But there are always pressures when you’re working with other people. Film and theatre are quite collaborative. There are certain pressures that come with working in collaboration. I really like working in literature, on the short stories, and I think that’s what appeals to me about a novel—that it’s up to me.
R: There is a degree of having to make yourself quite thick skinned about other people’s take on things.
B: Oh yeah, especially in film. And in theatre because [other people] have ownership of it too. But if you can have one running mate, someone who’s with you all the way, and who’s not too involved, like I’ve had Troy over in England … He’s miles away, but he’s like the Eye of God. (Laughs) I think you have to maintain your integrity as a writer and remember that no one knows these characters as well as you do.
R: Do you feel like there’s a particular story for you? One that you’re telling over and over?
B: Yeah, I probably am. I’m probably telling the same story again and again, and it’s something about … the underdogs. They’re the characters that interest me. They’re the people that society normally views as people who don’t count so much, or who mainstream society has a stereotype about. So, being able to play with those people, and get inside their heads. And to tell stories that you don’t hear much about. I wrote a play ages ago about the Maori Battalion. At that stage I hadn’t heard much about their story. So, to find out more about what they went through … because they’re sort of unsung heroes.
R: Do you think New Zealanders are getting better at listening to New Zealand stories?
B: I think so. You know, Whale Rider, I think that’s made a difference, given us a bit of a boost. But we still have to be reaffirmed by everyone else.
R: How have you found it going into schools to give readings, with Toi Maori and the Book Council?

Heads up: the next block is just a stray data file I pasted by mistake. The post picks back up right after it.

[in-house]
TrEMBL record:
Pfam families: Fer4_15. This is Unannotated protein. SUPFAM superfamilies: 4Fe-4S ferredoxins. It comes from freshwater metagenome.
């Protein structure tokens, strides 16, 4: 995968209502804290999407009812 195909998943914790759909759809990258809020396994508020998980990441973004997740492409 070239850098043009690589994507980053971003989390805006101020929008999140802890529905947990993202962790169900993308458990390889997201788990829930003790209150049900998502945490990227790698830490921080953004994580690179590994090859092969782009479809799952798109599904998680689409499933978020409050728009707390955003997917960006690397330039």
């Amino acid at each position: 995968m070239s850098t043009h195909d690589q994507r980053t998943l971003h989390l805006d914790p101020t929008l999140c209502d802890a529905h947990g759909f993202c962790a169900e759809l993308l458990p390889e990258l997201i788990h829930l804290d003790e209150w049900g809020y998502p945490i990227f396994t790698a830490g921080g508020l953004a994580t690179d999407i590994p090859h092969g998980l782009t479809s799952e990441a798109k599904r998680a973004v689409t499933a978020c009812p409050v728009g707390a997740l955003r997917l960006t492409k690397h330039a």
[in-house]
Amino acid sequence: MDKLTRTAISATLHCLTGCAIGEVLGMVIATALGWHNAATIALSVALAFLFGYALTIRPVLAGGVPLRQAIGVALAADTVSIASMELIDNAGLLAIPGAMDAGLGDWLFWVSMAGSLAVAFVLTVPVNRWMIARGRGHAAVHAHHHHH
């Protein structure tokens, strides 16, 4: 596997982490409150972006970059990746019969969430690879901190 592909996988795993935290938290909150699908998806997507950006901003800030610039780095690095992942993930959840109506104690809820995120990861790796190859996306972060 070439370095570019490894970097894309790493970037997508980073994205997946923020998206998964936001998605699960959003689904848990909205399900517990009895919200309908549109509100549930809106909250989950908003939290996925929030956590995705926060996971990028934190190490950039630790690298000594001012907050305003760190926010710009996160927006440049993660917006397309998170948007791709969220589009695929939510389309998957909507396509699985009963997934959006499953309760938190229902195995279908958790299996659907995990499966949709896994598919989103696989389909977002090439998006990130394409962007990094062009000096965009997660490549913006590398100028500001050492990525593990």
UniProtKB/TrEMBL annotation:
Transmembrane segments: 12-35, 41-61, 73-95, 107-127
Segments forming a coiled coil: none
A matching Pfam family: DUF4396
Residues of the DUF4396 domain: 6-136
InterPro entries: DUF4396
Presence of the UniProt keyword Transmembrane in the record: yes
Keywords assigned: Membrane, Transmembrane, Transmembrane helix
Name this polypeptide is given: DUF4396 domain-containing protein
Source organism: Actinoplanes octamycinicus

B: Amazing. That’s probably the most rewarding thing you can do. They’re into it. And especially, I find with young Maori kids, when they recognise and see themselves in what you do.
R: Can you tell me a bit about the collection, Weaving Tangaroa’s Eyebrows?
B: Well it’s been going on for a long time now. The trouble is … I started a long time ago, and some of the stories … I don’t like them anymore. (Laughs) Which is always a danger.
R: Do you think that’s inevitable, to always be moving past your work?
B: Yeah, always. I always think that. I watch plays, even not long after I’ve written them and I think, ‘Oh I’m over that now.’ I’m not over the performance, or the production, but my writing … I just want to do the next thing.
Tangaroa’s Eyebrows is the name that refers to the pingao, the native grass that grows on the beach, so that story is about a young pingao weaver. There’s another story set in Wellington inspired a bit by the wind. The god of the wind comes into a contemporary urban story.
They say when you write a collection of short stories there should be a common thread. So I thought, ‘Well what is the unifying theme?’ And I think it’s that they’re all inspired by something elemental. I think that’s enough. Pretty loose, but … (Laughs)
R: How do you find your starting point? What’s the first niggling thing that you want to unravel?
B: Usually it’s a whole lot of things. There’ll be several things that spark with me. Like a character I met, or a walk I had on the beach the other day, and what the weather was like. It’s throwing them all together, but usually it comes from a character, and me thinking long and hard about that character.
R: Do you think the Kapiti Coast has an influence on your work?
B: There’s something about living there … The sea is so wild. My house sometimes shakes from the impact of the waves, and I’m a hundred metres away from the beach. And there are all those stories that go with the island. So you’re constantly looking over at Kapiti and thinking through those stories.
R: How has it changed things for you to have this office to come to?
B: I just love it. It’s fantastic. Because at home I work in a really domestic space. I’ve got three kids, so it’s very full on. I used to work at the kitchen table for years and even now that I’ve got an office it’s still part of the house, and so the phone rings and … it’s just very hard sometimes to say ‘Oh, that’s not a pile of dirty washing outside the bathroom.’
So, I can sit here and know it’s a work space. It’ll be really hard to leave it. It’s that thing of being spoiled and suddenly you have to go back to real life. I’ve had the support of Ken and Bill and Fiona. And the students too. Being in a place where there are other writers in the building. There’s that creative buzz.
Sample Briar Grace-Smith’s short story: ‘When Sun and Moon Collide’.